Tuesday, March 26, 2013

#Coronavirus - Latest Death Out of Germany Updates


Now the case can advance research: The man - possibly a sheik - have visited shortly before his camel-herd disease. He could have been infected at one of its racing camels, explains Prof. Wendtner. The talks with the family of the deceased would have arisen. Also one of the animals had fallen ill. The camel in turn could have the virus from a bat. The Arabs had fallen ill in early March and last Tuesday was flown by private jet from Abu Dhabi to Munich for treatment. Now, the body will be transferred promptly to his homeland.
A risk of infection for the population did not pass loud city. The patient lay on the isolation that some 50 members and contact persons would continue to be monitored. So far there are no abnormalities, according to health department.

The illness of the 73-year-old Arab is a particularly stark case of medical tourism: Already hovering in mortal danger, he was flown by private jet to treat - attached to the ventilator. He was several times on the Isar for treatment because the family probably just promised here is a chance of recovery.

So the thousands to see every year: The five hospitals welcomed the Municipal Hospital in the past year about 1500 patients mainly from Arab countries and from Russia. Most wanted in Bogenhausen Schwabing or under the knife - and paid the treatment itself Most interventions were the chief physicians in the fields of orthopedics, plastic surgery and reconstruction, neurosurgery, gastroenterology and diabetes. That has already gone off in the 90s because of the reputation of the physician, hospital spokesman says Matthias Winter. "The potential is still great."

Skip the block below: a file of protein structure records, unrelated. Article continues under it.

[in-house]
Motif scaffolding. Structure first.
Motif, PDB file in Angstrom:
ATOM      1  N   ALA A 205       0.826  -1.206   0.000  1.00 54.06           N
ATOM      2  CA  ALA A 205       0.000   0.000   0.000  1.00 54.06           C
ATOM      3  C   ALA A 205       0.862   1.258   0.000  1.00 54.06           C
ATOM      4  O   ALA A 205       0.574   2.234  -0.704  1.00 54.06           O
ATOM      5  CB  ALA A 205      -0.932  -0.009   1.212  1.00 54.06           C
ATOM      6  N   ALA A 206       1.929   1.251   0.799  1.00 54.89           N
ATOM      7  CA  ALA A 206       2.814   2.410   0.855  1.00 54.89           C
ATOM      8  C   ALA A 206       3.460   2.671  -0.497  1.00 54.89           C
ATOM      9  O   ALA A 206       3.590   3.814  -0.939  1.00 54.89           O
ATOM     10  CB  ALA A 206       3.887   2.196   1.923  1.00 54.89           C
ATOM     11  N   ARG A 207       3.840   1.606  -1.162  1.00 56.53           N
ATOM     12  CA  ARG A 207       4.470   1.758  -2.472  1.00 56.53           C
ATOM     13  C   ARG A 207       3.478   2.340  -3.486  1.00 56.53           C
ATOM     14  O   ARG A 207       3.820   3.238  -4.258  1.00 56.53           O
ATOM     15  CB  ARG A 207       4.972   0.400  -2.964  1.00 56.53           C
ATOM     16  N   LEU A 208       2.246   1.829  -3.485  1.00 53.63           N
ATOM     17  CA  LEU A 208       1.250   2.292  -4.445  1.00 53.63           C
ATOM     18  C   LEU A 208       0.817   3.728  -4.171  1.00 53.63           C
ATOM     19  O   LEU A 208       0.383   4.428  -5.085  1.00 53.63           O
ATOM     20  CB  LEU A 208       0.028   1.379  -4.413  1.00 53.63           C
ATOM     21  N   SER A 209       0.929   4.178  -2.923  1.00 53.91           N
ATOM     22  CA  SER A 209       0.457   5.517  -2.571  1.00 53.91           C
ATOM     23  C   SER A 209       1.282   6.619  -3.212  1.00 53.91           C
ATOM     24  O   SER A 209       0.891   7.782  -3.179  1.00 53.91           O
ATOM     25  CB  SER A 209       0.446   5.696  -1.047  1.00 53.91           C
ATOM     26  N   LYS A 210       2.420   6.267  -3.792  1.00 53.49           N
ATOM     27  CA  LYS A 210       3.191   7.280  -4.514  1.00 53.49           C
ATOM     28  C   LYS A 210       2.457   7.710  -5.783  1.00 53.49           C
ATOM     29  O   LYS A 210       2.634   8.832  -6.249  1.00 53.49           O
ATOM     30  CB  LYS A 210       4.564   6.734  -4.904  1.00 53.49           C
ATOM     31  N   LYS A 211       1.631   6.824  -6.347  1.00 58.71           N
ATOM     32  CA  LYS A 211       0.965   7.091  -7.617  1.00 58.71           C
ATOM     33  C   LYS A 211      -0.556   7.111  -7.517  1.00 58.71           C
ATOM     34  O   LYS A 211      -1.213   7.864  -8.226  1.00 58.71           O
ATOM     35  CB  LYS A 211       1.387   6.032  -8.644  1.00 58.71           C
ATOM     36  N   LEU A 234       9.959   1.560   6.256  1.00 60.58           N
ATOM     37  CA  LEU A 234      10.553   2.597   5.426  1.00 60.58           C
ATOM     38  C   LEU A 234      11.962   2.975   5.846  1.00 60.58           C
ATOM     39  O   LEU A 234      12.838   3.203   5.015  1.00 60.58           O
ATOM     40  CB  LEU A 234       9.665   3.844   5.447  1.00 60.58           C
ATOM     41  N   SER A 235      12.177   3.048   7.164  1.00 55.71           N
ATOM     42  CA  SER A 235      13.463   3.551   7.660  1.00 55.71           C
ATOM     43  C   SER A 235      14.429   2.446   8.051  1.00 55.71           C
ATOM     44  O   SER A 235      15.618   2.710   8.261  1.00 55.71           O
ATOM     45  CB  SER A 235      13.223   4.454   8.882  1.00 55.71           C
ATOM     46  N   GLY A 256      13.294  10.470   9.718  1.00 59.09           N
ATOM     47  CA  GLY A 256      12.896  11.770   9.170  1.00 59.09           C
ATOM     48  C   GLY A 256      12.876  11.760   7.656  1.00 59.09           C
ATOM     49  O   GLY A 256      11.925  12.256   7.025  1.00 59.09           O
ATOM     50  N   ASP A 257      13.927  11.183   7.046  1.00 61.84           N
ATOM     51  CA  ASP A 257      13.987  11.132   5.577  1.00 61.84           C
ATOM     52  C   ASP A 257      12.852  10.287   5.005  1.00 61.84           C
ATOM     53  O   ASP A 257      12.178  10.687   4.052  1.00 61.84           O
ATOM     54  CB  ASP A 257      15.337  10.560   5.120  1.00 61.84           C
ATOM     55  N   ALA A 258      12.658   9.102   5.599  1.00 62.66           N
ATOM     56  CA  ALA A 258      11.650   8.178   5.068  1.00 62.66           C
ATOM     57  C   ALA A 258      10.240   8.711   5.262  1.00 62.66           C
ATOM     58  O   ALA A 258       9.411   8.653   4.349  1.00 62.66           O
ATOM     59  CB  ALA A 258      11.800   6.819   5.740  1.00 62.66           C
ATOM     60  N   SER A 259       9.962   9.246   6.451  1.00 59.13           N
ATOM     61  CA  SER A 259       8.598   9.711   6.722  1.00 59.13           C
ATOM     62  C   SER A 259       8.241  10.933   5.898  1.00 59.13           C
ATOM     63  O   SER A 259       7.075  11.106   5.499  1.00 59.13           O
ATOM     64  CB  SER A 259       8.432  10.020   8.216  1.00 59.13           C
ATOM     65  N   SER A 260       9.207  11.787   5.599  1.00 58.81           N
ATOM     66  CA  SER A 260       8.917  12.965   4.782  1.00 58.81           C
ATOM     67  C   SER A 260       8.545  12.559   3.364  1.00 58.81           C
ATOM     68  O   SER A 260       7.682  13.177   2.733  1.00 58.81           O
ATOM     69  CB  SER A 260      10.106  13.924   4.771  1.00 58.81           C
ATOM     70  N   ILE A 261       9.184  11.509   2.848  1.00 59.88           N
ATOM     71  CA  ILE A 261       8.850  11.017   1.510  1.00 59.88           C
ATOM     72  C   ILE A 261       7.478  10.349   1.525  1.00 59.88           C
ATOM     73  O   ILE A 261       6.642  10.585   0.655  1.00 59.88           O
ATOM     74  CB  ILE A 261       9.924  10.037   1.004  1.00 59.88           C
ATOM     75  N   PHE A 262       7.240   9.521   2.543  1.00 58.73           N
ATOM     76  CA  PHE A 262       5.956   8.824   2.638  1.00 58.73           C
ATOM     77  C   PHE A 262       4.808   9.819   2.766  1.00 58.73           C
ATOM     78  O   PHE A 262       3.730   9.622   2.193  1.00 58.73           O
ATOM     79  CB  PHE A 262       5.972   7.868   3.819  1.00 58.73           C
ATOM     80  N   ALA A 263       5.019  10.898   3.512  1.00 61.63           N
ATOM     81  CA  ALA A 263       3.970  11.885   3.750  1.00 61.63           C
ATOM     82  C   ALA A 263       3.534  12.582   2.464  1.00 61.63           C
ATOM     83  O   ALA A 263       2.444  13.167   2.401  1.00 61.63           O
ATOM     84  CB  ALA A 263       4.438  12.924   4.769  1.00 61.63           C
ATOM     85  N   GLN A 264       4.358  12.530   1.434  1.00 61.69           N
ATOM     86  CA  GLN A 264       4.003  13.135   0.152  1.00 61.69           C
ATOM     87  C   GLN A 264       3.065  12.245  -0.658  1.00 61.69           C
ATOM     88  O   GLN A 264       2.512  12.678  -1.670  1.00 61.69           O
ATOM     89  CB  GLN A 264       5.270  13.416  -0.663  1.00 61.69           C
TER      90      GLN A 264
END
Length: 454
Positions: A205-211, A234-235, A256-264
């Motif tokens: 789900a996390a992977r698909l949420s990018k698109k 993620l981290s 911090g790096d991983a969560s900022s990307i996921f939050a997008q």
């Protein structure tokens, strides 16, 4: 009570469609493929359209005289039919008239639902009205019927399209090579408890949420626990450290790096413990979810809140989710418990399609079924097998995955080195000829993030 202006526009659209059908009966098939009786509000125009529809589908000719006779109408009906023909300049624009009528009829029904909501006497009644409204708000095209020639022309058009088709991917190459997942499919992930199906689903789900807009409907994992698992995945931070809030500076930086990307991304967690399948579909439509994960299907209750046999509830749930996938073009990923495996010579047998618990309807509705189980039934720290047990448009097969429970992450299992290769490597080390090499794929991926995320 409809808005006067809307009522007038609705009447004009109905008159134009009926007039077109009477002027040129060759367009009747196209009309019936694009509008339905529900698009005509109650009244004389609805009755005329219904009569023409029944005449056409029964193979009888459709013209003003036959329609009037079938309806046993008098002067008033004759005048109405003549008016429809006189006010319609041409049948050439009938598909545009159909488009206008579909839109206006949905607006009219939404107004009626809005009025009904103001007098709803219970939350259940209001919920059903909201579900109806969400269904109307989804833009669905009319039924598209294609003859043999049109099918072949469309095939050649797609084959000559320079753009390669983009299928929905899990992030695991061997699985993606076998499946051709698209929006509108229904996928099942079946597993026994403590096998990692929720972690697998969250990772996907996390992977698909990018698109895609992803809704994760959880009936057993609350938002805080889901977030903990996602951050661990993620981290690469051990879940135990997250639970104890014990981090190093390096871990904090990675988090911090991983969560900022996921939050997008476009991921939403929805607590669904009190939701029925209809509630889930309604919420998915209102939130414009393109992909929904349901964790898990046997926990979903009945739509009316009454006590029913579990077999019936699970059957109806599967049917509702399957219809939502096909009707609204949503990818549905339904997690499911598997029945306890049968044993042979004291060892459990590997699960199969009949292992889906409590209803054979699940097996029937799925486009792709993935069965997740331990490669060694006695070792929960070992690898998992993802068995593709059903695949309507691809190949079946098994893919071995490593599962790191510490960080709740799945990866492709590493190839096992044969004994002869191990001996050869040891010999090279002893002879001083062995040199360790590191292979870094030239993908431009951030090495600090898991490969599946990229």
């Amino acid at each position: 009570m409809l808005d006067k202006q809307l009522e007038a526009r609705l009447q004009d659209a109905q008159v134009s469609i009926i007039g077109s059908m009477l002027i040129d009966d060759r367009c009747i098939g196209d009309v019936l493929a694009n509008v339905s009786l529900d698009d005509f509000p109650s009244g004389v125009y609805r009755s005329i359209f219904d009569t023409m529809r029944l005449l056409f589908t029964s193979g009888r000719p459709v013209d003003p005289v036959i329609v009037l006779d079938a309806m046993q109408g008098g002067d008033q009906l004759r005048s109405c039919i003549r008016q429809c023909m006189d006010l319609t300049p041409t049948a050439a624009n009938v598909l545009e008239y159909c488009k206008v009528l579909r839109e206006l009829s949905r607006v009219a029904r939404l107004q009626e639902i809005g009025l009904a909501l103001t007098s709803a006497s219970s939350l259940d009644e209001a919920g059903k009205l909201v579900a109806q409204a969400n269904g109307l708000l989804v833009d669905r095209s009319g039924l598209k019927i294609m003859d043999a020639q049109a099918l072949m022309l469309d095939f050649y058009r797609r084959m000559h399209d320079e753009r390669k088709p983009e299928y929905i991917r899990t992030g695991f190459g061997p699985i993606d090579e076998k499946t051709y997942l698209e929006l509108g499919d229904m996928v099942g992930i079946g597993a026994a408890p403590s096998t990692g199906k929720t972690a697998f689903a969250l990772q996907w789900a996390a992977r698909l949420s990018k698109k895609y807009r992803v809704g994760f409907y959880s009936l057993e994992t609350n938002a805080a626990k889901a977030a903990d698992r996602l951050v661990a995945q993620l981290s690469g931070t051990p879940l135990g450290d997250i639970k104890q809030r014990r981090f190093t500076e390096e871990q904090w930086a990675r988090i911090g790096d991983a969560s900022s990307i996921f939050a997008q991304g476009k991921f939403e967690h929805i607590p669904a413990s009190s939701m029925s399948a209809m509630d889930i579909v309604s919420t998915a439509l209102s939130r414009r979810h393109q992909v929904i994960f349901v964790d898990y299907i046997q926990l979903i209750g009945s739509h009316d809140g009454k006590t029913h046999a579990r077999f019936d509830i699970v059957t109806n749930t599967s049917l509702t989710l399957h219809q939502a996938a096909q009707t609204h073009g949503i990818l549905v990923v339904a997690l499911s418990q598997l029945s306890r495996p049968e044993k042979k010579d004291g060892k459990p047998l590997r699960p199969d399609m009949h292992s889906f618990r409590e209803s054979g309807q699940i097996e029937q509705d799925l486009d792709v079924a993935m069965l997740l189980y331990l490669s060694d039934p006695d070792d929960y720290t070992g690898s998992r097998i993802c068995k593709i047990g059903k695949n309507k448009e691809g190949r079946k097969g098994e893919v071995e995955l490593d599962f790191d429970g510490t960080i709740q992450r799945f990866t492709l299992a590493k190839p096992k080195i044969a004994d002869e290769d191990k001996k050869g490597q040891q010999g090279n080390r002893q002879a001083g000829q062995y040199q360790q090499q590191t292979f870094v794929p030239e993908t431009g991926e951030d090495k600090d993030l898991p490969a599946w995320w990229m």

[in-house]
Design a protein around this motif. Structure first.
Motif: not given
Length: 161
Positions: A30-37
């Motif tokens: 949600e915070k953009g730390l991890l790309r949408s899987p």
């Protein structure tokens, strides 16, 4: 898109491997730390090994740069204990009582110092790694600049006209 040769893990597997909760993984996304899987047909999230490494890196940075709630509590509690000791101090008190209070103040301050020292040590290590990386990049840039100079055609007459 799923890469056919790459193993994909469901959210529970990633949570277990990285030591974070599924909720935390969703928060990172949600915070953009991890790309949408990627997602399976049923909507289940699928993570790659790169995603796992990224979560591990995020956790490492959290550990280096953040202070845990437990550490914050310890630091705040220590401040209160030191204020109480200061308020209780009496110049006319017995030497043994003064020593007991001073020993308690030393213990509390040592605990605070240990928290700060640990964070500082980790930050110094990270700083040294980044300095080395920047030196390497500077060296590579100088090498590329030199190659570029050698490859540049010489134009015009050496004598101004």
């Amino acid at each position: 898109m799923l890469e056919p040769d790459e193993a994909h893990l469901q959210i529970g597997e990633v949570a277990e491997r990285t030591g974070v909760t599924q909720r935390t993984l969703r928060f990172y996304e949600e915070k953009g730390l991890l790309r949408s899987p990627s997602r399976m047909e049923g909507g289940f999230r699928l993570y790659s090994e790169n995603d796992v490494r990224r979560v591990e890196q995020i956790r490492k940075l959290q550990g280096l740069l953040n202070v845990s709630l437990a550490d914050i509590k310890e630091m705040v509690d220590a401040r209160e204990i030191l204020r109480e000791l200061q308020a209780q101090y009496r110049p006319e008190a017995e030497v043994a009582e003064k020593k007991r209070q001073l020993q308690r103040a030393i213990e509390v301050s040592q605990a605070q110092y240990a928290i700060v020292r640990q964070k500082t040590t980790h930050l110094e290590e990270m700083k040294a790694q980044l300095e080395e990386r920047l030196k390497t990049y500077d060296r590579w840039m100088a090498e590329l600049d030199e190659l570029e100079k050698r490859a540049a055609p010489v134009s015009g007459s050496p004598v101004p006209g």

Somewhat smaller, the figures are at the University Hospital: In Grosshadern and in the city there were in 2011 just 1225 patients. "The number is far lower than you might think," said hospital spokesman Philip Kressirer. On the right of the Isar River are consistently steady around 300 Arab patients per year. The number of patients treated staionär from Russia had recently risen to 500 a year, says hospital spokeswoman Eva Schuster.
On the international patients, the clinics have long set-with websites, brochures, advertising. On the right of the Isar Clinic there is even a patient off at Lufthansa.


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